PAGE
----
An end of an era was marked on Saturday: arguably the greatest ever sprinter not only in living memory, but of all time, bid goodbye to the tracks he's called home.
Usain St Leo Bolt, at 30-years-old, ran his final race at the World Athletics Championships in London as part of the 4x100m relay.
But it wasn't the glittering send of that he wanted. He suffered an injury halfway on the final stretch and couldn't complete the race, with Team GB winning gold.
We've known about his retirement for some time. In February 2015 he announced that he would be ending his track days - extending his career by one year after Rio when his sponsors convinced him to carry on.
The legend turned pro in 2004, and with a surname such as 'Bolt', we should have known he'd be pretty quick.
Joe Townsend of Sky Sports Radio at the World Athletics Champions told LADbible: "Bolt has been very vocal on the war against doping. In his later years, his biggest rival in Justin Gatlin has amplified that."
He added: "Bolt's been so popular because throughout his career he's seemingly competed under zero pressure, laughing and joking right up until the moment he's stepped onto the blocks."
Bolt has broke the world record for the 100m three times - twice breaking his own.
In 2008, he shaved 0.02 seconds off Asafa Powell's record and ran in 9.72, and just over two months later he was at it again; this time he ran 9.69.
Exactly one year on, in Berlin, he saved an incredible 0.11 seconds off that time to run 9.58. It's that 2009 record that still remains the benchmark today.
And, if that wasn't enough, his 19.19 second time for the 200m is also a world record - set also in 2009.
His first Olympic games were medal-less, but from there he never looked back. He took a double-triple (100m, 200m and 4x100m relay) by winning gold at London and Rio.
Sadly, he was denied the triple-triple thanks to a teammate in the 2008 4x100m relay at the Beijing Olympics.
Amid the doping scandal that rocked the athletics, Nesta Carter was deemed to have breached the rules, and denied Usain Bolt of nine Olympic golds across three games - he described losing that medal as 'heartbreaking'.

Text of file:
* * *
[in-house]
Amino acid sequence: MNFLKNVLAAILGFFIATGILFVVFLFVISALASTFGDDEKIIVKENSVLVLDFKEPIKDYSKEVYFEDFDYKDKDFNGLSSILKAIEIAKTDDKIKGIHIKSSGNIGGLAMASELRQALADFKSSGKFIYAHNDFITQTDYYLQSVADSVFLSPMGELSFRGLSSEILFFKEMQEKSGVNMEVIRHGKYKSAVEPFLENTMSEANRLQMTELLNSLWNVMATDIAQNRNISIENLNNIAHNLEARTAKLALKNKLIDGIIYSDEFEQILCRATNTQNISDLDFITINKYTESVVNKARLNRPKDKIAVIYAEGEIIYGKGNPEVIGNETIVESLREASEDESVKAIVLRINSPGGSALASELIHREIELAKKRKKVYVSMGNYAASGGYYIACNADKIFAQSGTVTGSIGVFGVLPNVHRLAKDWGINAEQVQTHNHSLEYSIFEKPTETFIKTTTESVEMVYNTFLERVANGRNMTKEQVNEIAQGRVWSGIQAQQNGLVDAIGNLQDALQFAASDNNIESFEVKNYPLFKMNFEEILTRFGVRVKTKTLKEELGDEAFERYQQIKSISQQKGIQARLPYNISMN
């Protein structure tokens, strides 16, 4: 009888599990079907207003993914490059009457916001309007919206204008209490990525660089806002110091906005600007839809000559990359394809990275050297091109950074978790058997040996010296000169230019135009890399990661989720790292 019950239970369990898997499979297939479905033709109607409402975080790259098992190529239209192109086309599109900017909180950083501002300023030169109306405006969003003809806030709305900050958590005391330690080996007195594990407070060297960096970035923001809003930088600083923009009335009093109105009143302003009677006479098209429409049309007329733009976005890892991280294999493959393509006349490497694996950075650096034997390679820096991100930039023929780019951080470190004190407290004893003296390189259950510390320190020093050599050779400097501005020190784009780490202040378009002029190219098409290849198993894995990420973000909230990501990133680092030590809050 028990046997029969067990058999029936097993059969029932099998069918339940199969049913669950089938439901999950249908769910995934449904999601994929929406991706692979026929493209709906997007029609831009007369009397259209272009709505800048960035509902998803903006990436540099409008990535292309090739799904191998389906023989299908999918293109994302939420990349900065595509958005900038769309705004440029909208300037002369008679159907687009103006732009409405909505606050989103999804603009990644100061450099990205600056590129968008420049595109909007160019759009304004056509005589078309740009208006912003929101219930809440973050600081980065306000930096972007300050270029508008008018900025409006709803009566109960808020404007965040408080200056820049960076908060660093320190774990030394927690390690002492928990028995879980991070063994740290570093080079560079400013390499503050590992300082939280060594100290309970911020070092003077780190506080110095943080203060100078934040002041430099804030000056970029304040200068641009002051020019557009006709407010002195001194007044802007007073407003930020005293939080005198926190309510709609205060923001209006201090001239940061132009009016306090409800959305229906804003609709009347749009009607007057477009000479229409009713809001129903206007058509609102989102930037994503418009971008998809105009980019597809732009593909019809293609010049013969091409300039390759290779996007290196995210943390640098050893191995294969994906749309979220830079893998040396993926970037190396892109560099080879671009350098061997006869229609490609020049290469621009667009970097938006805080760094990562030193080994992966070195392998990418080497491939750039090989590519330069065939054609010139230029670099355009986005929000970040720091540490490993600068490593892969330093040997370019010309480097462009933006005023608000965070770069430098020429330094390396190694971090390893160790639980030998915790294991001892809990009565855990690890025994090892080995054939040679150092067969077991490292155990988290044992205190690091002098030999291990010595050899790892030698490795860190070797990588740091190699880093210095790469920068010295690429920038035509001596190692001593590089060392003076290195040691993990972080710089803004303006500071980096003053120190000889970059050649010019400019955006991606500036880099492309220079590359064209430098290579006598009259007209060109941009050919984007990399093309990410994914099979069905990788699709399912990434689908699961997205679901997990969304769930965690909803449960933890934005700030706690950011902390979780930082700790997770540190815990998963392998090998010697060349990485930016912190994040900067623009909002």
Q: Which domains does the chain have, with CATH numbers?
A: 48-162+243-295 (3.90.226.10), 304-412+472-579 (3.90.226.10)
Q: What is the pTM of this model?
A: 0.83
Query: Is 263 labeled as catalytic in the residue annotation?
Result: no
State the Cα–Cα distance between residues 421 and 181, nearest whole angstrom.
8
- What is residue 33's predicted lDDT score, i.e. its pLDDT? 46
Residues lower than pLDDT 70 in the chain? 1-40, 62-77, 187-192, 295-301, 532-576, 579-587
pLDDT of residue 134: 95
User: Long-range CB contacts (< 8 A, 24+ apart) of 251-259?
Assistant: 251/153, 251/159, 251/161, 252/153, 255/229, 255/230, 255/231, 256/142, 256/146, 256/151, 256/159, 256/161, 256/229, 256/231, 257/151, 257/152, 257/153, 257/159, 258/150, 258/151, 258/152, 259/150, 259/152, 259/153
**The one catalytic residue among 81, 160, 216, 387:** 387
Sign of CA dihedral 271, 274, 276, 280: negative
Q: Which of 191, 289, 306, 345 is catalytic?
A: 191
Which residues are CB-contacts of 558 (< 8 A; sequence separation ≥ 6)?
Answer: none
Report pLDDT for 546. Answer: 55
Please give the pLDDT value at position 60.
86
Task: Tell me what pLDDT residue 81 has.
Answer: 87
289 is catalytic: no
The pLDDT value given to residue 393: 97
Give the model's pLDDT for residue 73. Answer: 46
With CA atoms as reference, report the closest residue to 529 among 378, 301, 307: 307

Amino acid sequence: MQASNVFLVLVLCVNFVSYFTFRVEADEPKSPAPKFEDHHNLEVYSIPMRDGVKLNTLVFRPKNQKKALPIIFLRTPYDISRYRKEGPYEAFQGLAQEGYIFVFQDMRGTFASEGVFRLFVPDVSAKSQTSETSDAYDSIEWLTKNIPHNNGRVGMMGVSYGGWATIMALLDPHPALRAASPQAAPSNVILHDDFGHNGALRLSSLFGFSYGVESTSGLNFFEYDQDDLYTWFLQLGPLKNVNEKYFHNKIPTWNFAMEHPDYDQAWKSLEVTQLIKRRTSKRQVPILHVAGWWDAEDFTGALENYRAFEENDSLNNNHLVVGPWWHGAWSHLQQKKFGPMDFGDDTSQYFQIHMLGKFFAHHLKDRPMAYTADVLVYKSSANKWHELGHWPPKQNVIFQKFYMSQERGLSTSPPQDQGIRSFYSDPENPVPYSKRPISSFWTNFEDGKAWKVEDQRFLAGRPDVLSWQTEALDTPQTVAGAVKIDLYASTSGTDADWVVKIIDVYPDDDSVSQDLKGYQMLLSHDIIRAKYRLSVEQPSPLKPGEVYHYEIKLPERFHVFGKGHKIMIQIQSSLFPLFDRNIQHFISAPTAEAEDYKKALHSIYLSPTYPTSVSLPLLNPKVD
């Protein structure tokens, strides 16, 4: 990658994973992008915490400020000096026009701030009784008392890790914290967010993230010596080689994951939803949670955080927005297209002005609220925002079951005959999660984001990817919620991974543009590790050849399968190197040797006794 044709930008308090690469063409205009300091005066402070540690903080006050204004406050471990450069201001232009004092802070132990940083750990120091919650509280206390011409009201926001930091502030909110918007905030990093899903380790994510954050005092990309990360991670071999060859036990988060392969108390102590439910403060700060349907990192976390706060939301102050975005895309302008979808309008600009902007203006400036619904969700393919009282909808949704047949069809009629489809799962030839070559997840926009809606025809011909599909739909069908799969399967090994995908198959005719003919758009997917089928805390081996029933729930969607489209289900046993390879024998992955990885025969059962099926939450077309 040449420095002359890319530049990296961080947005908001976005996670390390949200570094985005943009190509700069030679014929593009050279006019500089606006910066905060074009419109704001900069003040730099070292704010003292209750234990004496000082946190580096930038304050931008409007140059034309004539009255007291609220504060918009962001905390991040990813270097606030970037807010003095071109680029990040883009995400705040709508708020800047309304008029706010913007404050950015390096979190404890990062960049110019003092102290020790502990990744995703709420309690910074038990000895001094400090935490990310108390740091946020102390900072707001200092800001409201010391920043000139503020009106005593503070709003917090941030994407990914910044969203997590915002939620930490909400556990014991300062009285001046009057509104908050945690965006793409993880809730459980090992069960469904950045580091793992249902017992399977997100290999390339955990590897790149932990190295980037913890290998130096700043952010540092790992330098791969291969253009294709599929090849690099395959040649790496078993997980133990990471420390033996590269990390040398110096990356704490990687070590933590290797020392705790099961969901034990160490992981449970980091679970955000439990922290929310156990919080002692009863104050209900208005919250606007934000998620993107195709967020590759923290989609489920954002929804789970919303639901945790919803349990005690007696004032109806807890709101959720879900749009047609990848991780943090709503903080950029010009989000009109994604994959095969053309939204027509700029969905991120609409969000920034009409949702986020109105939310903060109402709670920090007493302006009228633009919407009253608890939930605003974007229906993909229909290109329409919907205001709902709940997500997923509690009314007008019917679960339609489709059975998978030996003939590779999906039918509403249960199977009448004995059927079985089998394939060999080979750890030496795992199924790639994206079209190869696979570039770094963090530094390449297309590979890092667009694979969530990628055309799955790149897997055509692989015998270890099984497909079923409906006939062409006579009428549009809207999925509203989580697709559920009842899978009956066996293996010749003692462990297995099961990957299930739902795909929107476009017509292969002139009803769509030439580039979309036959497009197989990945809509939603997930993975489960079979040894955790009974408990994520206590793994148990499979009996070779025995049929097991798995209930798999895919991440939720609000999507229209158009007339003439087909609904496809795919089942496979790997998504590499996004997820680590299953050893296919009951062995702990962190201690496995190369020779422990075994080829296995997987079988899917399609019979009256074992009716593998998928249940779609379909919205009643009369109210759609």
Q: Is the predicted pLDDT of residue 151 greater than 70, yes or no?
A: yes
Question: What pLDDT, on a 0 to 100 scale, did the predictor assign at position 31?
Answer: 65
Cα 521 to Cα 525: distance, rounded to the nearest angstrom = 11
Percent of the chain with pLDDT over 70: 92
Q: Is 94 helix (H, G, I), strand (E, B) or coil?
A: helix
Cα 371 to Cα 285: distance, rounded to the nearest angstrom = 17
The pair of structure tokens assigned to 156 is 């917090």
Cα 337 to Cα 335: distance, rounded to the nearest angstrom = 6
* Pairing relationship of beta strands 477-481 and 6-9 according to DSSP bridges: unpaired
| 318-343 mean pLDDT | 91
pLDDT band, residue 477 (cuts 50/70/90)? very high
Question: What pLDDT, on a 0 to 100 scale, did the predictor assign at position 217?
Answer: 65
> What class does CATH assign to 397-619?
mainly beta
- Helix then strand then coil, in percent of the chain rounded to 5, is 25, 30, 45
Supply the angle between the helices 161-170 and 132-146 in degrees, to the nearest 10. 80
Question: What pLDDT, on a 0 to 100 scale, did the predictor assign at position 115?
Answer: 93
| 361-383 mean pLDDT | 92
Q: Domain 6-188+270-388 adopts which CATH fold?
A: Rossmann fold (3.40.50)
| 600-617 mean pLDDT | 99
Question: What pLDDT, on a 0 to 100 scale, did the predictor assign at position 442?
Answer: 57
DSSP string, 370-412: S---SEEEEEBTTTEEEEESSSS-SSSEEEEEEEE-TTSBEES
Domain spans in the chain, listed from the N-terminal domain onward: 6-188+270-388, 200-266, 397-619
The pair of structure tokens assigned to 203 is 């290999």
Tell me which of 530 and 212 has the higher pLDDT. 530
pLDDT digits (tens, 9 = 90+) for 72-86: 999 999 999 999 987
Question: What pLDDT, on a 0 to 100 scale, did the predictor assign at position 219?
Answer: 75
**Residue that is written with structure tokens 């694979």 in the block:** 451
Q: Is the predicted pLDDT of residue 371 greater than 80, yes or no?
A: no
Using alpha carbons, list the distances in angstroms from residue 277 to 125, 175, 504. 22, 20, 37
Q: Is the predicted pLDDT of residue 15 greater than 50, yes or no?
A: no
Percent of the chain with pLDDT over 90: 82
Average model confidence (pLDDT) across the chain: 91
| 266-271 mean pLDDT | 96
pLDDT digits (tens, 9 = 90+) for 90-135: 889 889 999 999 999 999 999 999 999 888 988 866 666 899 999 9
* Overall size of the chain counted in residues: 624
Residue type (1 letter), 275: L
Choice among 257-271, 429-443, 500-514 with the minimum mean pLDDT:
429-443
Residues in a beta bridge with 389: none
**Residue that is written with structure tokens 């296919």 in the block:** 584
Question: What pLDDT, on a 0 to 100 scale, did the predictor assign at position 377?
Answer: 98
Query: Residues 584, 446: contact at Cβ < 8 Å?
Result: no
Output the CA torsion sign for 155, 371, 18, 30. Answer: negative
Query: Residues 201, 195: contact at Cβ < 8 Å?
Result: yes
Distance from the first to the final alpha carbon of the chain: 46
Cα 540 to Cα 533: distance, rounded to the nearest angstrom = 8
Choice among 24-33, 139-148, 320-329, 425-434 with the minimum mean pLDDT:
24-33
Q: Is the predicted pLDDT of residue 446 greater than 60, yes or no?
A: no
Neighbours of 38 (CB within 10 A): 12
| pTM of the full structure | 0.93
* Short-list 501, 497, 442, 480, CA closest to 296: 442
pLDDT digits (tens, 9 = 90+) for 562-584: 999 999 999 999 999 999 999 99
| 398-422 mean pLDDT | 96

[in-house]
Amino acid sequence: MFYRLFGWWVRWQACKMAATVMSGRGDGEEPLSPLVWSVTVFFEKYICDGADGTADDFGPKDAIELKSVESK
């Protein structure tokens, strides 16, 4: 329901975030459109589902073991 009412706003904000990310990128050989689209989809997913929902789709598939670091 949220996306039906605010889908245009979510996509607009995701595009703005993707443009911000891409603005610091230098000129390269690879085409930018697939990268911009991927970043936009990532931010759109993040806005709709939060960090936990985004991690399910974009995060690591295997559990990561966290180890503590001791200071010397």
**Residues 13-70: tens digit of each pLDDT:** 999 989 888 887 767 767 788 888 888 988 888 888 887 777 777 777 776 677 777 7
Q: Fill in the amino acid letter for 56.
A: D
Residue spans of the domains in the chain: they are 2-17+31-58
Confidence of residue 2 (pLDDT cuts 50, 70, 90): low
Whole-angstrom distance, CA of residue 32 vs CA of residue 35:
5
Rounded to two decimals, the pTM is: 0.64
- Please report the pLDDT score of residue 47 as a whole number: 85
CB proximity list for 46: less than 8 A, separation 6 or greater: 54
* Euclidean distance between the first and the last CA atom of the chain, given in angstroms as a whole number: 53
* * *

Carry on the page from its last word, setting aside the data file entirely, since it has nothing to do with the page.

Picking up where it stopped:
But Bolt is so much more than a racer. He's a character and has endeared as many off the track as on it.
His chicken nugget diet reveal at the Beijing Games had the admiration of us all.
"At first, I ate a box of 20 for lunch, then another for dinner," he wrote in his autobiography, Faster Than Lightning.
"The next day I had two boxes for breakfast, one for lunch and then another couple in the evening. I even grabbed some fries and an apple pie to go with it."
To be fair, he admitted his whole career started when, at the age of 12, his coach offered the fastest runner in the group a free lunch.
The LADbible followers also have a fond memory from Beijing too, albeit seven years later. It involves a certain man on a hoverboard.
His personality, his signature pose, his ability to win races by casually not paying attention to others and his loveable nature in interviews or to the crowd also make him a winner in more ways than one.
"His personality means he has transcended the sport," said Townsend. "By being such a huge personality, it attracts a huge fanbase, which is what the sport's been able to piggy-back on.
"Nobody talks about the incredible personalities of Tiger Woods, Cristiano Ronaldo or Michael Schumacher - Bolt is a one off."
The sprinter is also a huge fan of Manchester United - and dreams of playing for them. There were even rumours of him having a trial at one point.
It may not have come off, but that's not stopped him calling in a United phone-in on the club's TV channel, MUTV. He was also presented with a shirt on the pitch at Old Trafford too.
Whatever he chooses to do next, he'll always be remembered as the greatest the sport has ever seen.
Joe Townsend told LADbible: "He'll be terribly missed. He is the greatest. He's the only athlete everyone has heard of.
"Athletics needs somebody new to come along to keep it relevant, but there's never going to be another Bolt."
Usain, thank you for the memories.
Featured Image Credit: PA